Move over, Godzilla; there’s another monster in town. What happens when a slimy half-human, half-amphibian creature from deep in the Amazon falls in love with a beautiful girl? Most original viewers don’t know (they were probably too busy necking at the drive-in to pay attention), but, if you did actually watch the film, you’d enjoy many of the typical speeches from “scientists” about how there’s a world out there that we don’t even know about. The film also features some of the first really technical “3-D” underwater shots that predated Jaws. In the monster movie category, there’s a ton of competition, but this rubber-suited swimmer will always be a personal favorite.

The Modern International Contributions

Samurai Cop (Amir Shervan, 1989)

and

Troll 2 (Drake Floyd, 1990)

It’s not just Americans that make great B movies; clueless directors from around the world have created films that have made fans giggle for decades. Samurai Cop, directed by an Iranian filmmaker, features a plot that would make Lethal Weapon seem like Shakespearean high drama. Plus, it stars an actual hair model (Matt Hannon)! Troll 2 (which is not actually a sequel to anything), directed by Italian Claudio Fragrasso, features amateur actors (including a dentist) from Utah being attacked by vegetarian cannibal goblins. This film was so bad it spawned a 2010 documentary called Best Worst Movie.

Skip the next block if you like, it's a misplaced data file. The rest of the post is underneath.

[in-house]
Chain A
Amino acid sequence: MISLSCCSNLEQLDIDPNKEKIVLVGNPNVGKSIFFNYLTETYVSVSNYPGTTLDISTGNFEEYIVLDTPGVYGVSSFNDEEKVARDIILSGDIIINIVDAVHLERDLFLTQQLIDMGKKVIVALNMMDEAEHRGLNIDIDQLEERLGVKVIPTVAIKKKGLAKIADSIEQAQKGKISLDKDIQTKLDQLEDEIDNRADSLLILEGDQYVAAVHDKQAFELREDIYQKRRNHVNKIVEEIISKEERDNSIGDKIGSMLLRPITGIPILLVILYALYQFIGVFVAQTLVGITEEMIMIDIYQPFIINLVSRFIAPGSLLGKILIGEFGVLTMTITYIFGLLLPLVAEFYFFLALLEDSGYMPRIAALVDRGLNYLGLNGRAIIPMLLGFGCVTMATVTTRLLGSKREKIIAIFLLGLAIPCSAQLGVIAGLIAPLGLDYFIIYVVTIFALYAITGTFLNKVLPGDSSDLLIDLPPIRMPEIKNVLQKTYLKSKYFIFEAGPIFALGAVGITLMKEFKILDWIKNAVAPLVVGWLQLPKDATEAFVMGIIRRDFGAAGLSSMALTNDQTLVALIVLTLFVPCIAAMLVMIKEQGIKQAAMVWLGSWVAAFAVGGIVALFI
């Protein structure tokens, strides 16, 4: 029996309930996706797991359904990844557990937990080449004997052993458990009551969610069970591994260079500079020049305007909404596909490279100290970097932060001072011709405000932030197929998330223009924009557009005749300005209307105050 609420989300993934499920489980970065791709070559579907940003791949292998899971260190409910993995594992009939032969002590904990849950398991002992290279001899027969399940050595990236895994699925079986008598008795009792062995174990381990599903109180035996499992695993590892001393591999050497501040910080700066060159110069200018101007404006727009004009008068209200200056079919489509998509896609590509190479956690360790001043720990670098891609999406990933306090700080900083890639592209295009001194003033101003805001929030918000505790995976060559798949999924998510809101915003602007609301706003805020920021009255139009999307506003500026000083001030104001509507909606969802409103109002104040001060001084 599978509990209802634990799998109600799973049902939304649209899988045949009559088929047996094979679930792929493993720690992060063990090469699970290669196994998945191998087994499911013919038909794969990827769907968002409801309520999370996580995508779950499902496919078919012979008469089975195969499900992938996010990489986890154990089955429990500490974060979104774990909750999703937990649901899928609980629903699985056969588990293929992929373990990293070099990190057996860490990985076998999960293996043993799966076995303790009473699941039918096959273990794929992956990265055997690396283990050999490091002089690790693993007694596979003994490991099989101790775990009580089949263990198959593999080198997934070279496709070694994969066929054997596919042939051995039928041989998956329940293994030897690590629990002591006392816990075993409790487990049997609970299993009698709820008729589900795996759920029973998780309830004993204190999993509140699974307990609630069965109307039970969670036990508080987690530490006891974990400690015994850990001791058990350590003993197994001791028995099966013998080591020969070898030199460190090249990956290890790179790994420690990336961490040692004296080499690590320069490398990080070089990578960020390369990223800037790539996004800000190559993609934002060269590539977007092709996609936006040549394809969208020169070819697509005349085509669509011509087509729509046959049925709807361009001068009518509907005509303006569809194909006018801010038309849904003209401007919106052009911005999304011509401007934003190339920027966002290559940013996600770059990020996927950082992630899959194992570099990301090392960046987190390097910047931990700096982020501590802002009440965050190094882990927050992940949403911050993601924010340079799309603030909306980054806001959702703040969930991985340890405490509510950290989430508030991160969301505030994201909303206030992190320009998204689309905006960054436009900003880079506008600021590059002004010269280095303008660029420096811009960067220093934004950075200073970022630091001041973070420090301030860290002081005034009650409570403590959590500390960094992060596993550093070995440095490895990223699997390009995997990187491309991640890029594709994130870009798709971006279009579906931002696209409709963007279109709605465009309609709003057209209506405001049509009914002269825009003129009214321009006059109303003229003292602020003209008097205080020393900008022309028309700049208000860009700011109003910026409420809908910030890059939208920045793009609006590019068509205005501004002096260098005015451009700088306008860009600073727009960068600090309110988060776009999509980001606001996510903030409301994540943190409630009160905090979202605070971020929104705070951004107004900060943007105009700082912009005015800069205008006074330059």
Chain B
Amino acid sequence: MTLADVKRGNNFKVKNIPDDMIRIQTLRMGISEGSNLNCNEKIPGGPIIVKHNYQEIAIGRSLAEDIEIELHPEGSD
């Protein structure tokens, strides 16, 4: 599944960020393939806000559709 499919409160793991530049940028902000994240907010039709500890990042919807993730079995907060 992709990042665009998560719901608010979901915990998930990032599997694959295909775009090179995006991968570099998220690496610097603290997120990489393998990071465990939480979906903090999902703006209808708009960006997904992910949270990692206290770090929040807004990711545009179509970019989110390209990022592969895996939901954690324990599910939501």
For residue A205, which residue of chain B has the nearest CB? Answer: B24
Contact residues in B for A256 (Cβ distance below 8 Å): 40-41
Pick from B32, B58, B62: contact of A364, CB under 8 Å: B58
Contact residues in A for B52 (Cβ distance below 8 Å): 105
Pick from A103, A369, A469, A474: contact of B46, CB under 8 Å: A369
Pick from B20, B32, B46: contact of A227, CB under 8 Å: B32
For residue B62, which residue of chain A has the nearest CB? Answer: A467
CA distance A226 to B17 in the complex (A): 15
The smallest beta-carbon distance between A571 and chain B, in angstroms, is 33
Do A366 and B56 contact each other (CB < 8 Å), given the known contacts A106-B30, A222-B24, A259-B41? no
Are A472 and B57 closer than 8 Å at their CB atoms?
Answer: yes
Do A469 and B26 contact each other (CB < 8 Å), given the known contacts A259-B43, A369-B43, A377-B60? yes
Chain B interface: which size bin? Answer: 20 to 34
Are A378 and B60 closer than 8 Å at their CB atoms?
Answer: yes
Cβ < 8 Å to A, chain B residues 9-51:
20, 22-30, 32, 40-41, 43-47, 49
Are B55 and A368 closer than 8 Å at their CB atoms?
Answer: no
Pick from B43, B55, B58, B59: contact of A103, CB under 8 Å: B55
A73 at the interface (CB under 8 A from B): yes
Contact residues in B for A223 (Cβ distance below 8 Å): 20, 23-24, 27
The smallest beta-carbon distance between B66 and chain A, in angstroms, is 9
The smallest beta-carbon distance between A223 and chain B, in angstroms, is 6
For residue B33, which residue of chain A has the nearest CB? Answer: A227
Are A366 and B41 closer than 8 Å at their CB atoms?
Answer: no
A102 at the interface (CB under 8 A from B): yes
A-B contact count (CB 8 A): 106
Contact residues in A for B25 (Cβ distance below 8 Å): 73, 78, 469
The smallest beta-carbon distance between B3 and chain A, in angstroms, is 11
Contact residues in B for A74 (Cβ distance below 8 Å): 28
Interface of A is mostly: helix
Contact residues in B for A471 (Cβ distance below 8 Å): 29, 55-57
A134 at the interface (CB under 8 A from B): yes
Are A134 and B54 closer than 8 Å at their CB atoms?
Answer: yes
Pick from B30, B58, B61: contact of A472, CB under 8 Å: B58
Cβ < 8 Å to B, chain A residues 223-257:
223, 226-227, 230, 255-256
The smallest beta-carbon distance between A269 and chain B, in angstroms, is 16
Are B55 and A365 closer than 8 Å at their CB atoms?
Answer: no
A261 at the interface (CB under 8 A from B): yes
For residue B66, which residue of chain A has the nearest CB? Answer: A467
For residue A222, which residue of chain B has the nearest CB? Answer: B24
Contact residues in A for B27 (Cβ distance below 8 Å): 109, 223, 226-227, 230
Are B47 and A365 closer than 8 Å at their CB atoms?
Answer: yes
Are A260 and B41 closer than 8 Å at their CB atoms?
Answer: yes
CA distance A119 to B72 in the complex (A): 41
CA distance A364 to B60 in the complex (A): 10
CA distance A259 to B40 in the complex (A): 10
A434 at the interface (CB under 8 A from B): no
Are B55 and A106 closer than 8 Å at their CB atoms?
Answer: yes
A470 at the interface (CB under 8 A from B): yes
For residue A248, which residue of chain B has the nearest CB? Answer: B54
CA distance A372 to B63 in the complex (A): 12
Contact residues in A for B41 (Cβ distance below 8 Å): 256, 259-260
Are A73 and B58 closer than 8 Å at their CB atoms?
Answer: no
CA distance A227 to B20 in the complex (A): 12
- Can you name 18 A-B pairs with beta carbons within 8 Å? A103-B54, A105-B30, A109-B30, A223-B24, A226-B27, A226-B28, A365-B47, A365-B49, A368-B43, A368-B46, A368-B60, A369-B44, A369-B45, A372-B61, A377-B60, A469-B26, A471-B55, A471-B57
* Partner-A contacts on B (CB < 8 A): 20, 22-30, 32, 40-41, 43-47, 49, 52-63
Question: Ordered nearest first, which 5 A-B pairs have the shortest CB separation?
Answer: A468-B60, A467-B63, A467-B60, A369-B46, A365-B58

The New Classics

The Room (Tommy Wiseau, 2003)

and

Snakes on a Plane (David R. Ellis, 2006)

and

Sharknado (Anthony C. Ferrante, 2013) 

It’s hard to say much about these incredible films that hasn’t been said before. While Wiseau’s cult-favorite love triangle inspires fans to throw plastic spoons at the screen and everyone can quote Samuel L. Jackson’s epic frustration with those snakes on that plane, the legacy of Sharknado continues to grow. Sharknado 2 was released this summer and Sharknado 3 looms on the horizon. Will Sharknado 3 exceed all expectations and take the B movie genre to all new levels of bad/good? Here’s hoping.

 

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About the Author ()

KQED Pop is a daily blog edited by Emmanuel Hapsis that critically examines the social and cultural impact of music, movies, television, advertisements, fashion, the internet and all the other collective experiences that make us laugh, cringe and cry. We focus on local, national and international experiences with a Bay Area lens. We don’t do reviews.
  • cliffordweimer

    Ms. Judnick has no idea what a B movie even is. None. Absolutely none. She doesn’t know a B movie from a quart of milk.

    Roger Corman: “My work in low-budget exploitation films would eventually earn me some notoriety as ‘The King of the B’s’, which is ironic … I never made a B movie in
    my life. The B movie dated from the Depression and was a phenomenon only up through the early 1950s… Bs had died out by the time I began directing. The term was never used in connection with any of my films within the industry, where the precise meaning of the term was always known.”

    Go read this article and then come back and re-read the Judnick article and see how embarrassing it is:
    https://classicflix.com/Classics-101-Answering-Qs-about-Bs-ar-55.html

    Cliff Weimer
    Inthebalcony.com